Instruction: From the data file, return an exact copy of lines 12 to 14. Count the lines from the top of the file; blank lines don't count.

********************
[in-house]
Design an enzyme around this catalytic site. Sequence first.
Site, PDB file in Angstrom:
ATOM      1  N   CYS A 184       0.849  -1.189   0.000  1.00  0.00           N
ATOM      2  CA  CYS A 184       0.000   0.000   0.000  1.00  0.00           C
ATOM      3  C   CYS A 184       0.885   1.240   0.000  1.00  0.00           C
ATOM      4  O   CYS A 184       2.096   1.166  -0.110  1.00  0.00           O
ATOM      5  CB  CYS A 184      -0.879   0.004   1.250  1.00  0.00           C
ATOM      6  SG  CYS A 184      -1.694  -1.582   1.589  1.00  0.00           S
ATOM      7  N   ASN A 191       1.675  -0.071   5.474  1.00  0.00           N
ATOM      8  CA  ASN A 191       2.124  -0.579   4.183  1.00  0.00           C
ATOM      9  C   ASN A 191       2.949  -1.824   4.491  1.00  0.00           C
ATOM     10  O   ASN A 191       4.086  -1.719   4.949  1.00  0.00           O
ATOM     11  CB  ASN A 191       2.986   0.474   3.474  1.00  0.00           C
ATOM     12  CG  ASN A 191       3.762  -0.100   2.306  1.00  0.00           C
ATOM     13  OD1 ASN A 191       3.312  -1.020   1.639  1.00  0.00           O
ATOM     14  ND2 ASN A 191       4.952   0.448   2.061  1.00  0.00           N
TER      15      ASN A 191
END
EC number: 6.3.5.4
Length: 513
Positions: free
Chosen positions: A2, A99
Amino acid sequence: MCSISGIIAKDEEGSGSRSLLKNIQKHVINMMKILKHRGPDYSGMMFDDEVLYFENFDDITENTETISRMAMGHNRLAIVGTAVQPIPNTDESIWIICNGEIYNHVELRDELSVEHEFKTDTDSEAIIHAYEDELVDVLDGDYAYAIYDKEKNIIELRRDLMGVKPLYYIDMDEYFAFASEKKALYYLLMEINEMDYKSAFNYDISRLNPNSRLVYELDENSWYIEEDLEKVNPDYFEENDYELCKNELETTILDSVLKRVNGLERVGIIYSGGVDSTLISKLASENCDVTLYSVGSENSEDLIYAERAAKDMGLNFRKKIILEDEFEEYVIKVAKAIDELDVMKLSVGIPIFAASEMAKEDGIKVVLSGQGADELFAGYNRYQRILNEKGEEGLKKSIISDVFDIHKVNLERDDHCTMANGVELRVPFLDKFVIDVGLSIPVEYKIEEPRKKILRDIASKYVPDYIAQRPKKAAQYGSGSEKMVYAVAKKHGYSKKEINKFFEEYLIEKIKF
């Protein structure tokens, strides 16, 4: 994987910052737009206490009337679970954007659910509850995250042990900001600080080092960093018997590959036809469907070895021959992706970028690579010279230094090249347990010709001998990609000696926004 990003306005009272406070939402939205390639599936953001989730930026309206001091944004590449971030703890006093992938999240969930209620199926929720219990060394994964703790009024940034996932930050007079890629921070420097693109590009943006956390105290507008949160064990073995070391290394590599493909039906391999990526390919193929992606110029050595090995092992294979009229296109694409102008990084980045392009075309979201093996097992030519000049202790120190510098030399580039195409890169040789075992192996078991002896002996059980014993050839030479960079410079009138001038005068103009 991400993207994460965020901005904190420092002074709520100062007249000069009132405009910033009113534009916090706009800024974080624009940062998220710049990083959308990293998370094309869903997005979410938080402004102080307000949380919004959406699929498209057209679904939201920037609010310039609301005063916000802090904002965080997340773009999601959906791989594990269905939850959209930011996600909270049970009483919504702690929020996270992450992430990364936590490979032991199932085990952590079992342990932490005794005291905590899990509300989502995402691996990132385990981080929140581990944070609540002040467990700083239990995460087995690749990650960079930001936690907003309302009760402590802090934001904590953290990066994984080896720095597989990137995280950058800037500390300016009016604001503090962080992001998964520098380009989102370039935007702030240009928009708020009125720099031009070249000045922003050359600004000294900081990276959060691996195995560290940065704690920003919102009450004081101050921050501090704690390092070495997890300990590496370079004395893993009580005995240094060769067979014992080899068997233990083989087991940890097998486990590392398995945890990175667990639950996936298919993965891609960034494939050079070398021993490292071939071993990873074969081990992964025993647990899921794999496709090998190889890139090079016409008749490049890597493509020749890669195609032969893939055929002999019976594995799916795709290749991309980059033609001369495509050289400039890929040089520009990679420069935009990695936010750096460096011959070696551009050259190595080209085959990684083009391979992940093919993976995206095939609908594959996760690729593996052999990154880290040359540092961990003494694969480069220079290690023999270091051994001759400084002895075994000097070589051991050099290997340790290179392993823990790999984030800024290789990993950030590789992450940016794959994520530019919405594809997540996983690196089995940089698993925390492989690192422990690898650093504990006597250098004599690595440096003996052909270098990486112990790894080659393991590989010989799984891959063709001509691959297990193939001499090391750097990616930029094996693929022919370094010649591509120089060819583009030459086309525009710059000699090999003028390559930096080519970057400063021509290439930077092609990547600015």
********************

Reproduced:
ATOM      9  C   ASN A 191       2.949  -1.824   4.491  1.00  0.00           C
ATOM     10  O   ASN A 191       4.086  -1.719   4.949  1.00  0.00           O
ATOM     11  CB  ASN A 191       2.986   0.474   3.474  1.00  0.00           C